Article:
By Chiara Atik for HowAboutWe
Okay, so we all know that looks matter: if a really hot girl walks into a bar, or a really cute guy walks into a restaurant, everyone takes notice. But let's just imagine, for argument's sake, that you are not the most gorgeous person in the room at any given moment. (I mean, of course, in real life, you are. But lets just pretend.) How much of a hinderance is this in terms of your dating life?
A couple of studies have blissfully reassuring answers for us.
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A 2010 study, for instance, asked male participants to rate the attractiveness of photographs of women, whose appearance and body shape ranged greatly. Some participants received positive personality information about the women in pictures, some received negative personality information, and others received none at all.
All groups agreed on which body shape was the most attractive; after all, there's no denying that a beautiful woman is a beautiful woman, right?
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But the men who received positive personality information found a much wider range of women to be attractive, while the men given negative personality information found a very narrow range of women attractive.
Bottom line: a good personality really can make you more attractive.
A 2007 study paired up yearbook pictures of both men and women with either good or bad personality traits. The pictures with good personality traits were rated consistently higher than the pictures with bad personality traits--and this is true of both "attractive" and "unattractive" people.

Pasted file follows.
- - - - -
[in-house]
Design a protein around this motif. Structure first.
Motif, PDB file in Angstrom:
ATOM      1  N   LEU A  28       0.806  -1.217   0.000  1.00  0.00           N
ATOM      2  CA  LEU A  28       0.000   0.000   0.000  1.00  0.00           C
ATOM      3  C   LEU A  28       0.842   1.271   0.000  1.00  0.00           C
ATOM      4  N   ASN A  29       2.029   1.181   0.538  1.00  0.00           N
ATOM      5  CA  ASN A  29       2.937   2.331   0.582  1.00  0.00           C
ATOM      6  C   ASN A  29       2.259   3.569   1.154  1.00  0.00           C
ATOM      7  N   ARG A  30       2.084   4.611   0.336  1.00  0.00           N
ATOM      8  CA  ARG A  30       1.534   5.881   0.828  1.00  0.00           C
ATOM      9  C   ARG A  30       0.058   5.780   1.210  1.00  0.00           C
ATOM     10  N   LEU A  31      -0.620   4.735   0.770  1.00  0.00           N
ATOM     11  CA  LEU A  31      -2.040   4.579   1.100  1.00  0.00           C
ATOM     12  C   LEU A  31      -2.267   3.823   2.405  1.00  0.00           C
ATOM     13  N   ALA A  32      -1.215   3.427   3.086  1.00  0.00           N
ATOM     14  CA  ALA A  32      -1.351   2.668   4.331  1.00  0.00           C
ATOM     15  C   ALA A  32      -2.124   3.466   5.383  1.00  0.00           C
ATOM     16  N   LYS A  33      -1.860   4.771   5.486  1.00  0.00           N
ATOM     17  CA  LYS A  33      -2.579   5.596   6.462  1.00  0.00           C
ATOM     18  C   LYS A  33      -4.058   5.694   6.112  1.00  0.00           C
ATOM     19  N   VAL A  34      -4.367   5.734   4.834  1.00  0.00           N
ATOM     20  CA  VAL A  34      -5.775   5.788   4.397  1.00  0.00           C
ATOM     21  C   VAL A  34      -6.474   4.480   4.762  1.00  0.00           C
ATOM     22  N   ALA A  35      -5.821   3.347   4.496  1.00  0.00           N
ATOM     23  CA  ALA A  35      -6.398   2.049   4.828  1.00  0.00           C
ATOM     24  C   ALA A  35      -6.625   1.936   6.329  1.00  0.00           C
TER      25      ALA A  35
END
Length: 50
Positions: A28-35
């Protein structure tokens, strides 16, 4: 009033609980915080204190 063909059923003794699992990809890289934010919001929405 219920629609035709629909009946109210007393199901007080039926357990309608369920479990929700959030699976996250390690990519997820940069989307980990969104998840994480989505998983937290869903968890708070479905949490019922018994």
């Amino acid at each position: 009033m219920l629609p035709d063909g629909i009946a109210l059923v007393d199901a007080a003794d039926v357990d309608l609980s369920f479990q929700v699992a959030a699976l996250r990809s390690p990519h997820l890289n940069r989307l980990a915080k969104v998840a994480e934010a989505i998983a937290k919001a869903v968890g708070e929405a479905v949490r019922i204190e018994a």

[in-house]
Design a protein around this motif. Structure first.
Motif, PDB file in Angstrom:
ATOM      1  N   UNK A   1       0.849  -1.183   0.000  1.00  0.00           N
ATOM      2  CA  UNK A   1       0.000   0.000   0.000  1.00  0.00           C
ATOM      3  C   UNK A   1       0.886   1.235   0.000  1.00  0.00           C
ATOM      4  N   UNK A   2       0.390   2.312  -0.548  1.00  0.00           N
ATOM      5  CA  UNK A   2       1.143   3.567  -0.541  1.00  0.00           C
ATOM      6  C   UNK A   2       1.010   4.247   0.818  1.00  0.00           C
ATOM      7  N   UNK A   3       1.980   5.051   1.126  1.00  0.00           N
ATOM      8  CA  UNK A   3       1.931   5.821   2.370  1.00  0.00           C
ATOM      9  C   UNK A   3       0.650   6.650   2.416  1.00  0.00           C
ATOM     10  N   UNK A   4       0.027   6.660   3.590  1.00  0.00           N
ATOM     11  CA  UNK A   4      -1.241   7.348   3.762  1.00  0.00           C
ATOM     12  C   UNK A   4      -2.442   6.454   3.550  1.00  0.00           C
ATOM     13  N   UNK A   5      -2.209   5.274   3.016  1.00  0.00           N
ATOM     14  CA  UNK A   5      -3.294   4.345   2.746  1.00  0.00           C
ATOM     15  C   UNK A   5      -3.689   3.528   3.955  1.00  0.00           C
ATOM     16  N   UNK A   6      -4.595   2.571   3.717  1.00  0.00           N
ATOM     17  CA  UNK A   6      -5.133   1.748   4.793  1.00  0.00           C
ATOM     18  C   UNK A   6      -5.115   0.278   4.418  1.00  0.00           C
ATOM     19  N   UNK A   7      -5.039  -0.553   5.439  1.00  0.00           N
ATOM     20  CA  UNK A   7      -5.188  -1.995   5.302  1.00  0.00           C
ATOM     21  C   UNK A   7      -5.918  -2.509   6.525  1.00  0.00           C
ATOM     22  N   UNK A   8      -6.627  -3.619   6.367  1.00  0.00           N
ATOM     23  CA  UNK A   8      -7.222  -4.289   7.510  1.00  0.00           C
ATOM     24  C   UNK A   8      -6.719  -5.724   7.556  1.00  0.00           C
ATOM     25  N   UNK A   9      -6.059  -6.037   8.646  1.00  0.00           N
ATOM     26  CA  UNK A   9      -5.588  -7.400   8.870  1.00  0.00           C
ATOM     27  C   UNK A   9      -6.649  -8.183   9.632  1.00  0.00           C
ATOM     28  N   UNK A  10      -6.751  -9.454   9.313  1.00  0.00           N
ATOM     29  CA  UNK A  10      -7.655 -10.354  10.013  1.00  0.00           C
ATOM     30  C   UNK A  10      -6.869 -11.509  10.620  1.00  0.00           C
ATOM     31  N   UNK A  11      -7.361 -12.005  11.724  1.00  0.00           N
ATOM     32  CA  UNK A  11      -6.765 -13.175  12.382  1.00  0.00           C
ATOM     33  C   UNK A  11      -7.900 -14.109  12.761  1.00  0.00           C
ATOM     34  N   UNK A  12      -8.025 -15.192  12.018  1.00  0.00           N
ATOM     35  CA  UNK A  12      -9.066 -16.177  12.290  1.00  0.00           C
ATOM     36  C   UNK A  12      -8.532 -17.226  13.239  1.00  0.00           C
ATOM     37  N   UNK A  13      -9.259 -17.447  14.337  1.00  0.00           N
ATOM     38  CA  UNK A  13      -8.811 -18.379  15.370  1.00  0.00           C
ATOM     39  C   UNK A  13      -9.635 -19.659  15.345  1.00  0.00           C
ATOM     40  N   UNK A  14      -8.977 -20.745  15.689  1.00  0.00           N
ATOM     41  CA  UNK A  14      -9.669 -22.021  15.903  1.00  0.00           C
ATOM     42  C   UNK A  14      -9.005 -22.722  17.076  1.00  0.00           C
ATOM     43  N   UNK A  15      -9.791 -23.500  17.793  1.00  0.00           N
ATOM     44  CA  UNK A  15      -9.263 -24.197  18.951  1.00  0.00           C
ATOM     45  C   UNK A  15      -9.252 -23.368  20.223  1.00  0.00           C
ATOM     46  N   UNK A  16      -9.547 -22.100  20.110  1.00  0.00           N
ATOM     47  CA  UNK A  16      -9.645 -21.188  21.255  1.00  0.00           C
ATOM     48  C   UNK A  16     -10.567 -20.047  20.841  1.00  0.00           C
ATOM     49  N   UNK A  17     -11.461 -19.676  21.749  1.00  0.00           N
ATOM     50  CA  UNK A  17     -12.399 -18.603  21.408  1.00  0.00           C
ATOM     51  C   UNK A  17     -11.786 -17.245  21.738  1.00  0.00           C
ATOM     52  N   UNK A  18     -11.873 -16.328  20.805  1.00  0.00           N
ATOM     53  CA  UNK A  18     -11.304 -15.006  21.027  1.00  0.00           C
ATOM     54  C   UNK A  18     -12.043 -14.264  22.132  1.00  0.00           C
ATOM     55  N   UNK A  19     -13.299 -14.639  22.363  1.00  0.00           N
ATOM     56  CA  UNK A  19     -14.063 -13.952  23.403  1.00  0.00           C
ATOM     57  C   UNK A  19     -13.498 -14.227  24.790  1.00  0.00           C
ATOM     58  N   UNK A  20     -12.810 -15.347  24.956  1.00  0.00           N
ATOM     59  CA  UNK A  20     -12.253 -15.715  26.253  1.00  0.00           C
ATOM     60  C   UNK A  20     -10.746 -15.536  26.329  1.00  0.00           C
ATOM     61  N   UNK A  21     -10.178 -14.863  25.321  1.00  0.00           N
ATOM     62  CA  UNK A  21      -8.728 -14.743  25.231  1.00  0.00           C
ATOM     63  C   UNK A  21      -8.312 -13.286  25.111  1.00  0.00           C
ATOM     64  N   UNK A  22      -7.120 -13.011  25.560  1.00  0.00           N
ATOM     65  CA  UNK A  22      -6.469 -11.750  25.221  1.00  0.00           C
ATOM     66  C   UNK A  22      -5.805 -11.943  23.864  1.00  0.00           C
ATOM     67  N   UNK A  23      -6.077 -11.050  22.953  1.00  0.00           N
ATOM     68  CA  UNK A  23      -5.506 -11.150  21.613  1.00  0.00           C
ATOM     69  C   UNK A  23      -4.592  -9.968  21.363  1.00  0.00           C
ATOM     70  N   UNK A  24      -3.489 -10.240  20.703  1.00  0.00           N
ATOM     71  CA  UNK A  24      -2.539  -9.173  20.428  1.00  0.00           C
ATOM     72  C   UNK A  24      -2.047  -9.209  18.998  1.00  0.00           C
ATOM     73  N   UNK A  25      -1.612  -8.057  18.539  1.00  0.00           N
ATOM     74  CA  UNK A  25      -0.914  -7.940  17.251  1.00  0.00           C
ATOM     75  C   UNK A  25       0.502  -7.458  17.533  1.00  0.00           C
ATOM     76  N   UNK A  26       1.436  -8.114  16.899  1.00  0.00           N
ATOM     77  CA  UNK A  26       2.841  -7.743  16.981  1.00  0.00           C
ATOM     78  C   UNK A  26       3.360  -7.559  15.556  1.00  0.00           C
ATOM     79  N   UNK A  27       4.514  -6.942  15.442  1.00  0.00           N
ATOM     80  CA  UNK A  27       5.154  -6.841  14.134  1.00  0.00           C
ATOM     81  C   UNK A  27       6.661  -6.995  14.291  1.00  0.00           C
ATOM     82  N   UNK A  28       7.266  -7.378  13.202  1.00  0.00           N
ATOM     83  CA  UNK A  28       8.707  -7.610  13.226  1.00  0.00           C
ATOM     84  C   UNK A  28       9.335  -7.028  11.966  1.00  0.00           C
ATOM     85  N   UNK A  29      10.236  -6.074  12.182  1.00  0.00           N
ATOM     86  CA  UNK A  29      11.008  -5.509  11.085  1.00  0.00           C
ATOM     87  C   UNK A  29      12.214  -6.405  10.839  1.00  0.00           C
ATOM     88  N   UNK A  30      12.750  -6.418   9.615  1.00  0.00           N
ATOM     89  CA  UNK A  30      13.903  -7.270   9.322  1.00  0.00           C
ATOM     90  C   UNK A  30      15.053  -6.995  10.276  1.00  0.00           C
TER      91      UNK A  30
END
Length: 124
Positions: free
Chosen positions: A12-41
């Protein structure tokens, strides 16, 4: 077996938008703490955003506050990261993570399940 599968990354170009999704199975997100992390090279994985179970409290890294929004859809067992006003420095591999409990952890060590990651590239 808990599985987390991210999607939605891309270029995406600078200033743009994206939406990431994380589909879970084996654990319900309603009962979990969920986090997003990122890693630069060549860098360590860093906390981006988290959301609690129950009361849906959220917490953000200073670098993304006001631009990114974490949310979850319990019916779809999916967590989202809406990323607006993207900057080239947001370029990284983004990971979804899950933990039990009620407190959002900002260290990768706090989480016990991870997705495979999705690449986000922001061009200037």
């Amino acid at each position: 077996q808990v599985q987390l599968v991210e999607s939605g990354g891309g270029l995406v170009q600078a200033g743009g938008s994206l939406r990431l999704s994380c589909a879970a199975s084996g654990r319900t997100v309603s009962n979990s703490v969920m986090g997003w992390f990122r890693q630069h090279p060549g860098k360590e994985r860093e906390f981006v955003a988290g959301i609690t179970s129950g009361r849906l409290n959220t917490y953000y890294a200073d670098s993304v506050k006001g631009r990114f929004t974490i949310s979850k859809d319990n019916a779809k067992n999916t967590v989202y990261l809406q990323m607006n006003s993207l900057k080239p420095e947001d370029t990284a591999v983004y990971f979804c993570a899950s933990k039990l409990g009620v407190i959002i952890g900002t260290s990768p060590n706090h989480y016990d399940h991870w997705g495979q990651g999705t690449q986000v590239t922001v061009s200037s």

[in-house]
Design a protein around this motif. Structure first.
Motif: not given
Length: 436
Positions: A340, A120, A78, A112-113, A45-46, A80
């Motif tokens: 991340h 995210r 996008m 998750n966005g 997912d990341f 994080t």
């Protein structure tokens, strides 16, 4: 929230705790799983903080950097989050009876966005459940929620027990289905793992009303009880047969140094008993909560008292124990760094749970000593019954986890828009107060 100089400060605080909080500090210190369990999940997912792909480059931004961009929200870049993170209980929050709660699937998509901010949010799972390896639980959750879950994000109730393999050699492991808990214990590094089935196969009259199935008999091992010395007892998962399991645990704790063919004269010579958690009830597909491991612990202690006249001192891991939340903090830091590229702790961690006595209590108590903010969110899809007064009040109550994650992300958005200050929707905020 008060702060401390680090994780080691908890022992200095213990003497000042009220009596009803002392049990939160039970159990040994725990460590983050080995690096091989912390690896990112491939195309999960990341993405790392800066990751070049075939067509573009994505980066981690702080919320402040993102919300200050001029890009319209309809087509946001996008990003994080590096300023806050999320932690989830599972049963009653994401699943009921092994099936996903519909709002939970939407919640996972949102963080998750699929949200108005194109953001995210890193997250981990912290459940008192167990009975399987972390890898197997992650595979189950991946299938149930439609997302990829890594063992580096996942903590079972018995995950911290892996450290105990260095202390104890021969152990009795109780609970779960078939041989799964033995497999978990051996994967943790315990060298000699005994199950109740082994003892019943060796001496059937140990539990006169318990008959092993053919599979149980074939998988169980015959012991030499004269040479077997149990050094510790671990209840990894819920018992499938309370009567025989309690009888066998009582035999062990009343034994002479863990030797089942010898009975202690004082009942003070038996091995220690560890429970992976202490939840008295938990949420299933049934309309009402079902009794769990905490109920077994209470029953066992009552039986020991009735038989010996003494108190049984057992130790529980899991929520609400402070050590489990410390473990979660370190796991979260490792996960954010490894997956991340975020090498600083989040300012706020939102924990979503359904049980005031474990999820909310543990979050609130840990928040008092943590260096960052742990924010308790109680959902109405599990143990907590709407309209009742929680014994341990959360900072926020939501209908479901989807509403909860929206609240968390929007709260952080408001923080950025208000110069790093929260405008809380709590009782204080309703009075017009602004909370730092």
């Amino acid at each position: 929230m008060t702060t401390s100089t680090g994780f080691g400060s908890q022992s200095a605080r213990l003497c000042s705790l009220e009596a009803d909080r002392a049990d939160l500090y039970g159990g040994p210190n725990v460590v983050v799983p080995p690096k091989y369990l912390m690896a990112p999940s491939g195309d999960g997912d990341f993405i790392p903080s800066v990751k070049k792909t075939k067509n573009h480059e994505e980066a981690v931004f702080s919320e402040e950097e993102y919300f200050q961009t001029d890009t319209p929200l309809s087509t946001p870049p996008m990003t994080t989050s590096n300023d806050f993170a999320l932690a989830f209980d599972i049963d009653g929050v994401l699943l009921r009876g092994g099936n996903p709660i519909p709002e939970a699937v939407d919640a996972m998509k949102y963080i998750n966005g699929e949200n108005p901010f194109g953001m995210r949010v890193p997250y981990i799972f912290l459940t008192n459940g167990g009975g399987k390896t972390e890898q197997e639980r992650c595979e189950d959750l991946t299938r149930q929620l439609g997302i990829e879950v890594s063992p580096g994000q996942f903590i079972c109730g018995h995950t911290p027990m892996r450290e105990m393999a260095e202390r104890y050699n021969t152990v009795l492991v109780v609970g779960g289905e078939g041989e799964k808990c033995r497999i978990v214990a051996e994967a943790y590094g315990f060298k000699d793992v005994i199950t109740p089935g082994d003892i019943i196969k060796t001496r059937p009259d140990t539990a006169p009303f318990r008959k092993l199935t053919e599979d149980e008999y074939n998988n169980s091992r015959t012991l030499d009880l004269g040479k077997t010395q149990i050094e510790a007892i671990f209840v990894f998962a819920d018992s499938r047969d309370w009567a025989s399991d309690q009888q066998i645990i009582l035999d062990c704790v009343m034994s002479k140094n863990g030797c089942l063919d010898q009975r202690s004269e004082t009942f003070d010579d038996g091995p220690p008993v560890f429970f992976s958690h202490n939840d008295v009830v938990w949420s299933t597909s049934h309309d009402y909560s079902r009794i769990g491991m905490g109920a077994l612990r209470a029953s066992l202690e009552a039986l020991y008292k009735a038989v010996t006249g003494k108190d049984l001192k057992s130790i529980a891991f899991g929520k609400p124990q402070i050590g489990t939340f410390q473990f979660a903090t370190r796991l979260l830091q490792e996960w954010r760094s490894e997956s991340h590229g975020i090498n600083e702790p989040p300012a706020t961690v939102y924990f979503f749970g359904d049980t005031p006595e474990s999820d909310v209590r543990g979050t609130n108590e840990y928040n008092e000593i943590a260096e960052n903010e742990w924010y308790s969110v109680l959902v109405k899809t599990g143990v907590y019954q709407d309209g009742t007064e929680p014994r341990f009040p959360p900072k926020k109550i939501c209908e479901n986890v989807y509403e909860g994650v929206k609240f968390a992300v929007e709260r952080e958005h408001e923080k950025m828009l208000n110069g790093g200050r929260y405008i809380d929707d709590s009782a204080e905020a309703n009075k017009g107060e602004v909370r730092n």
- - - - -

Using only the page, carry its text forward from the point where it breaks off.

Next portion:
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Basically, your personality can drastically influence your perceived attractiveness. If you are the most gorgeous person in the room, you can quickly get knocked off your pedestal in favor of someone plainer if you turn into someone awful the moment you open your mouth.
Finally, OkCupid's study earlier this year on the "mathematics of beauty" showed that frequently, men and women with "unusual" faces, features, or traits were approached more frequently than the ones who were rated as universally attractive. Lots of people are very pretty--but no one else is you, and uniqueness is apparently a major turnon.
"We now have mathematical evidence that minimizing your 'flaws' is the opposite of what you should do. If you're a little chubby, play it up. If you have a big nose, play it up. If you have a weird snaggletooth, play it up: statistically, the guys who don't like it can only help you, and the ones who do like it will be all the more excited."
So in conclusion, how much do looks matter? A lot, for like, the first three seconds. But in the long run, no where near as much as personality and character.
That's good to know, right?
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